Western timely appealed the Department's redetermination. An appeals examiner held a hearing and subsequently affirmed the Department's decision. Western then appealed to the Commission. After a de novo review of the record, the Commission affirmed the Department's decision. Western appeals the Commission's decision to this Court. We vacate and remand.
III. STANDARD OF REVIEW
This Court exercises free review of the Commission's legal conclusions. Giltner, Inc. v. Idaho Dep't of Commerce & Labor, 145 Idaho 415, 418, 179 P.3d 1071, 1074 (2008).
" Idaho's Employment Security Law provides assistance for workers who face unemployment through no fault of their own." Giltner, 145 Idaho at 419, 179 P.3d at 1075 (citing I.C. § 72-1302). " Under the established system, ‘ covered employers' are required to contribute, by way of a tax on wages paid employees for services rendered in ‘ covered employment,’ to the unemployment security fund." John L. King, P.A. v. Dep't of Emp't, 110 Idaho 312, 313, 715 P.2d 982, 983 (1986).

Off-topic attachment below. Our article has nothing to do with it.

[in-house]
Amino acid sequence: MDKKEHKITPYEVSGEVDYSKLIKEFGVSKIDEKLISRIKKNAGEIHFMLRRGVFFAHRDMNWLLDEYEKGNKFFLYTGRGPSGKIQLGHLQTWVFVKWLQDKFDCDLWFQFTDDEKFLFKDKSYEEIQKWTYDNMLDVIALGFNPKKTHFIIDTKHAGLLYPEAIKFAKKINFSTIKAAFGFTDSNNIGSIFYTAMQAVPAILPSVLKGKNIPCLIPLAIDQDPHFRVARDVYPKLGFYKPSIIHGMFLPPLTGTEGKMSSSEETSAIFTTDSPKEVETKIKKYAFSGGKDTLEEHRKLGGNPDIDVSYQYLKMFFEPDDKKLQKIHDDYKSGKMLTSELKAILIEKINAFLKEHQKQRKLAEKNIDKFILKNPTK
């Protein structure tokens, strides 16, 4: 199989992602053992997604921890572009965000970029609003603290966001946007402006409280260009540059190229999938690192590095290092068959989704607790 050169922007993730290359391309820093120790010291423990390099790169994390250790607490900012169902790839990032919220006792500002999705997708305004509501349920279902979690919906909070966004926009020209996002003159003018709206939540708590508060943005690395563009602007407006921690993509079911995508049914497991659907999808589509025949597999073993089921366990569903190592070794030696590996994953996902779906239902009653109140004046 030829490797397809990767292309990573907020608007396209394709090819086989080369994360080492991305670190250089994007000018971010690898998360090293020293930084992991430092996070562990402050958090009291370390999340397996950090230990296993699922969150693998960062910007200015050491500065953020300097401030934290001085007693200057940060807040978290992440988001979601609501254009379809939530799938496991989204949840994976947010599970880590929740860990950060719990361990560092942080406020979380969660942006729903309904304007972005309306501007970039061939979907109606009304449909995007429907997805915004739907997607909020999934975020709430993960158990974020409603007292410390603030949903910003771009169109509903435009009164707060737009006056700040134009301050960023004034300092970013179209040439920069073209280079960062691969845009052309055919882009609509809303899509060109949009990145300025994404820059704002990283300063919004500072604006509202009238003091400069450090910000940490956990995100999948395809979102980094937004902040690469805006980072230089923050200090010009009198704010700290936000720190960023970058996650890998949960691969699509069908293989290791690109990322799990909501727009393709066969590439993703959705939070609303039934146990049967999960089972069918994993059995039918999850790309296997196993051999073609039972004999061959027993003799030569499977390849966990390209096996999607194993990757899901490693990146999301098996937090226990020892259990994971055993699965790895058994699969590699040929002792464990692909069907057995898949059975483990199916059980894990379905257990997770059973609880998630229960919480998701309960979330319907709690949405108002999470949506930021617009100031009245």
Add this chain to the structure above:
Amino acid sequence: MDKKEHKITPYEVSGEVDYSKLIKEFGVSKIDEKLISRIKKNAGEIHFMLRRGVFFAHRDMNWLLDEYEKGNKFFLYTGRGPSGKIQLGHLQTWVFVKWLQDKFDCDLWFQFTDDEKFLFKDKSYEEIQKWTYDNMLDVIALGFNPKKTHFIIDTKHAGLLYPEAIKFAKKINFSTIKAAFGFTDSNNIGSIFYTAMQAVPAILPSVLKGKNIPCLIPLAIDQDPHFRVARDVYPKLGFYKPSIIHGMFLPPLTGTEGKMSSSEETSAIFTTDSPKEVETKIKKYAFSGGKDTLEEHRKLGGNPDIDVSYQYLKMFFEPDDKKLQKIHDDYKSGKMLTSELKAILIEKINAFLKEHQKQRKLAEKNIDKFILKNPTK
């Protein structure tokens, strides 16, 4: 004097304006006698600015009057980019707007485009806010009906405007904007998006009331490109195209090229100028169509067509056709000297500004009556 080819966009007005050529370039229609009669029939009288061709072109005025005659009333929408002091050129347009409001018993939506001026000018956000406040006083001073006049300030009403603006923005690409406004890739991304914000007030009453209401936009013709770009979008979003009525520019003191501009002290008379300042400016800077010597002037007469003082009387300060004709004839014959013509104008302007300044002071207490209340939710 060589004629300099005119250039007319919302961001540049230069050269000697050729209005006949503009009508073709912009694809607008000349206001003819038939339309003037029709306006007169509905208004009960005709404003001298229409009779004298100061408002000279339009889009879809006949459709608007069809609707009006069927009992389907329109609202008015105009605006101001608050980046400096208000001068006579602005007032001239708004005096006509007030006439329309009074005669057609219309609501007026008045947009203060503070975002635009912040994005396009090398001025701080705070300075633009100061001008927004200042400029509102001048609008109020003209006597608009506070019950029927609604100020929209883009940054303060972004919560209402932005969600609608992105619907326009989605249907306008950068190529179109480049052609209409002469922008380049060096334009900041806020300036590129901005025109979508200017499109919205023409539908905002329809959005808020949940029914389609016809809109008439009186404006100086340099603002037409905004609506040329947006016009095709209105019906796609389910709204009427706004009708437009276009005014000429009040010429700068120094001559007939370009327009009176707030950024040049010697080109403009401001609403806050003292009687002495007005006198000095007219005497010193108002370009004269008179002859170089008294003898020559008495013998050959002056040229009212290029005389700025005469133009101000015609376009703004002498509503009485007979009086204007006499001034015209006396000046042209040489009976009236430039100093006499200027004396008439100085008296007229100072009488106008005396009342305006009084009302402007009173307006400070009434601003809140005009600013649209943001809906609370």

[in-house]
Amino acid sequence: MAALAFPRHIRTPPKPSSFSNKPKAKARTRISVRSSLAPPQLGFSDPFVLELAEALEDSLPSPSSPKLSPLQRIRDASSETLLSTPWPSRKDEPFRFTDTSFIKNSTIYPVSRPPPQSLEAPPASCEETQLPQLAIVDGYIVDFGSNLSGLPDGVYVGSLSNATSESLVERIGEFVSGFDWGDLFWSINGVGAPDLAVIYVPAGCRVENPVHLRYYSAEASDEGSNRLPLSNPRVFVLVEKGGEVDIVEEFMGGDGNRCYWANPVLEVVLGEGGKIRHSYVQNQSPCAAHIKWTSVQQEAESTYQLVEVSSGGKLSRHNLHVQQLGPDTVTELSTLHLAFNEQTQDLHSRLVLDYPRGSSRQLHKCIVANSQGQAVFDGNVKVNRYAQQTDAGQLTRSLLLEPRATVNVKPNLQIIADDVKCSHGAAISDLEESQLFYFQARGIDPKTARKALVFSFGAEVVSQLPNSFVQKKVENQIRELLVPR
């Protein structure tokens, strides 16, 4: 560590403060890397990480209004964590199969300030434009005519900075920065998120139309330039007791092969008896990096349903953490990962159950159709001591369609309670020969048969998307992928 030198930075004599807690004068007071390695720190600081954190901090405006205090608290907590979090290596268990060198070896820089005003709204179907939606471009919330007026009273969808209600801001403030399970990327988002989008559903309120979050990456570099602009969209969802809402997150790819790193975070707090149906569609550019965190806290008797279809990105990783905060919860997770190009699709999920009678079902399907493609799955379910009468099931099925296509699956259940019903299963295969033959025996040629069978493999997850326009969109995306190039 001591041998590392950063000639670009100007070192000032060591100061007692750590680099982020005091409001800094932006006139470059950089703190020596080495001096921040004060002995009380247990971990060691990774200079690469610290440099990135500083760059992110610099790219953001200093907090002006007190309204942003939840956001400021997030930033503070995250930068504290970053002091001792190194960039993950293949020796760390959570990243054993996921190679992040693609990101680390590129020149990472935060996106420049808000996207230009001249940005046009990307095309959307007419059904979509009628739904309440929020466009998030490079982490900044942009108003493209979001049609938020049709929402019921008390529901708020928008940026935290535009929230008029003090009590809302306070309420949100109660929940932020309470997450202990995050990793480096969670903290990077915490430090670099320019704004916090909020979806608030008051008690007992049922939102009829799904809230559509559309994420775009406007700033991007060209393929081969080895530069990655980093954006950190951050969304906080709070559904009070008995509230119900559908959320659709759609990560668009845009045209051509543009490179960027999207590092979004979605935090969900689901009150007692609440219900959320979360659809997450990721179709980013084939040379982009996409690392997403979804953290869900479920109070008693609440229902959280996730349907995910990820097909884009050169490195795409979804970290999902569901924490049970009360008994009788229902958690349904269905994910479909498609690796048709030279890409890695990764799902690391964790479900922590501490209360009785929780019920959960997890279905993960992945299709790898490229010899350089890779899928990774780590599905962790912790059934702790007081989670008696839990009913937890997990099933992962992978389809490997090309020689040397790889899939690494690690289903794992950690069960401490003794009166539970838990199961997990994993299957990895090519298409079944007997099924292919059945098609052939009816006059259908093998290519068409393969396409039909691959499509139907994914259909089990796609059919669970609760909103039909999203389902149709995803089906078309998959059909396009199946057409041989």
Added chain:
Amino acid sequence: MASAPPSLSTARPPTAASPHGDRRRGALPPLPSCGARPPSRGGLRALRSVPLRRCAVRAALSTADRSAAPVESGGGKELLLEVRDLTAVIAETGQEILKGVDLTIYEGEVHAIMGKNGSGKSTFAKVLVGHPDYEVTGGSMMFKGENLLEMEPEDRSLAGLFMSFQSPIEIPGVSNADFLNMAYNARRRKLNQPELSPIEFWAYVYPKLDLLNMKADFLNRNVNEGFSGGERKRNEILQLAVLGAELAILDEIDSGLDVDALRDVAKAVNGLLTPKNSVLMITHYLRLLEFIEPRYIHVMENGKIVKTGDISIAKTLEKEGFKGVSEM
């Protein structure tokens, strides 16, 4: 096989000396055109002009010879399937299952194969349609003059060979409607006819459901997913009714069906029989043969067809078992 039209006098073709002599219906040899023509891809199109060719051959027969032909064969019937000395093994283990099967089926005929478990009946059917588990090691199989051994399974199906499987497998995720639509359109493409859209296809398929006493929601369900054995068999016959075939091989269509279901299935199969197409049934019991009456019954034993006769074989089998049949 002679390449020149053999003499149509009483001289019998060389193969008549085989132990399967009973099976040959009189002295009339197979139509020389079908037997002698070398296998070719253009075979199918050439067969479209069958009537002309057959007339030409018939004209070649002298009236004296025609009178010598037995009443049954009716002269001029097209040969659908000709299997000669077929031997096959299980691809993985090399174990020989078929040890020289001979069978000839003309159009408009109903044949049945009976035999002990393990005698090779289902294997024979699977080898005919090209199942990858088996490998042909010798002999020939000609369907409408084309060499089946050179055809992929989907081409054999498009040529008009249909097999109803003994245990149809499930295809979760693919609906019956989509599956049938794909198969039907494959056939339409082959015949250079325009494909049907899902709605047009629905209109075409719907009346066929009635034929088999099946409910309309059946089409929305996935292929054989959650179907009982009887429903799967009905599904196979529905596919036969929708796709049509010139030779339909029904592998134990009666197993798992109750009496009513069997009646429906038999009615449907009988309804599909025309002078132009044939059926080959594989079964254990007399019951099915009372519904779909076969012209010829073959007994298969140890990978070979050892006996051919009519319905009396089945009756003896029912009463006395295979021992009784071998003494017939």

Covered employment is " an expansive term" that " sweeps within its purview employees and independent contractors alike." Software Assocs., Inc. v. Dep't of Emp't, 110 Idaho 315, 316, 715 P.2d 985, 986 (1986). " ‘ Covered employment’ means an individual's entire service performed by him for wages or under any contract of hire, written or oral, express or implied, for a covered employer or covered employers." I.C. § 72-1316(1). " Wages" include " [a]ll remuneration for personal services from whatever source, including commissions and bonuses and the cash value of all remuneration in any medium other than cash." I.C. § 72-1328(1)(a). Unless the putative employer shows that an exemption applies, " [s]ervices performed by an individual for remuneration shall, for the purposes of the employment security law, be covered employment." I.C. § 72-1316(4); Excell Constr., Inc. v. Dep't of Labor, 141 Idaho 688, 694, 116 P.3d 18, 24 (2005).